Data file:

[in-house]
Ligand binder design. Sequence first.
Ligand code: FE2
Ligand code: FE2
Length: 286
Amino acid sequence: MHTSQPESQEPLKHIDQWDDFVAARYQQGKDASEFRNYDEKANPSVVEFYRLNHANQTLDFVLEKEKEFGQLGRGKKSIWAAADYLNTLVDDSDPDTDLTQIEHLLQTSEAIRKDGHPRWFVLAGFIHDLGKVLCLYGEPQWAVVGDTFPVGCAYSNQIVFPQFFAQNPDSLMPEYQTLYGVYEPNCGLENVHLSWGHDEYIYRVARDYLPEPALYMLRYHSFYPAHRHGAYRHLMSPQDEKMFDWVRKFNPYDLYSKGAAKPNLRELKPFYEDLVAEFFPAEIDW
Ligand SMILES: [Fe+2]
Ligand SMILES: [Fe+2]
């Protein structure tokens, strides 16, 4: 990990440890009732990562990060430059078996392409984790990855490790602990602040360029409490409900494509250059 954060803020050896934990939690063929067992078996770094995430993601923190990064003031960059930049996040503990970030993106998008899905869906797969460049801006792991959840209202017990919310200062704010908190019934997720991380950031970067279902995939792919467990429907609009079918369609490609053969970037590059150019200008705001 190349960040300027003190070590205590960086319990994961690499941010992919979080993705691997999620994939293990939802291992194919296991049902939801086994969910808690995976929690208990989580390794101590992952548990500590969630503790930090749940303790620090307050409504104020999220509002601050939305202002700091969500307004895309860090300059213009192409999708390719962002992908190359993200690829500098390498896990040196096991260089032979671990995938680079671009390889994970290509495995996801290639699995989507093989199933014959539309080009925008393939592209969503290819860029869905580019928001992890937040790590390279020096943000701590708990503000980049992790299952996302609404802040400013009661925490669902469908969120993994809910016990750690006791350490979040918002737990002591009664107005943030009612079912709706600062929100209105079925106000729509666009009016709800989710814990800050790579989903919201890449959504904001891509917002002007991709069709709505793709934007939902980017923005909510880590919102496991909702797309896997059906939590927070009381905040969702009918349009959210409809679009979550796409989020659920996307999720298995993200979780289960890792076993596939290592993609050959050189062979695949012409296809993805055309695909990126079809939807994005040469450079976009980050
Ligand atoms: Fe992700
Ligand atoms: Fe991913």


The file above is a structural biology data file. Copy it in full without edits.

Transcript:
[in-house]
Ligand binder design. Sequence first.
Ligand code: FE2
Ligand code: FE2
Length: 286
Amino acid sequence: MHTSQPESQEPLKHIDQWDDFVAARYQQGKDASEFRNYDEKANPSVVEFYRLNHANQTLDFVLEKEKEFGQLGRGKKSIWAAADYLNTLVDDSDPDTDLTQIEHLLQTSEAIRKDGHPRWFVLAGFIHDLGKVLCLYGEPQWAVVGDTFPVGCAYSNQIVFPQFFAQNPDSLMPEYQTLYGVYEPNCGLENVHLSWGHDEYIYRVARDYLPEPALYMLRYHSFYPAHRHGAYRHLMSPQDEKMFDWVRKFNPYDLYSKGAAKPNLRELKPFYEDLVAEFFPAEIDW
Ligand SMILES: [Fe+2]
Ligand SMILES: [Fe+2]
């Protein structure tokens, strides 16, 4: 990990440890009732990562990060430059078996392409984790990855490790602990602040360029409490409900494509250059 954060803020050896934990939690063929067992078996770094995430993601923190990064003031960059930049996040503990970030993106998008899905869906797969460049801006792991959840209202017990919310200062704010908190019934997720991380950031970067279902995939792919467990429907609009079918369609490609053969970037590059150019200008705001 190349960040300027003190070590205590960086319990994961690499941010992919979080993705691997999620994939293990939802291992194919296991049902939801086994969910808690995976929690208990989580390794101590992952548990500590969630503790930090749940303790620090307050409504104020999220509002601050939305202002700091969500307004895309860090300059213009192409999708390719962002992908190359993200690829500098390498896990040196096991260089032979671990995938680079671009390889994970290509495995996801290639699995989507093989199933014959539309080009925008393939592209969503290819860029869905580019928001992890937040790590390279020096943000701590708990503000980049992790299952996302609404802040400013009661925490669902469908969120993994809910016990750690006791350490979040918002737990002591009664107005943030009612079912709706600062929100209105079925106000729509666009009016709800989710814990800050790579989903919201890449959504904001891509917002002007991709069709709505793709934007939902980017923005909510880590919102496991909702797309896997059906939590927070009381905040969702009918349009959210409809679009979550796409989020659920996307999720298995993200979780289960890792076993596939290592993609050959050189062979695949012409296809993805055309695909990126079809939807994005040469450079976009980050
Ligand atoms: Fe992700
Ligand atoms: Fe991913």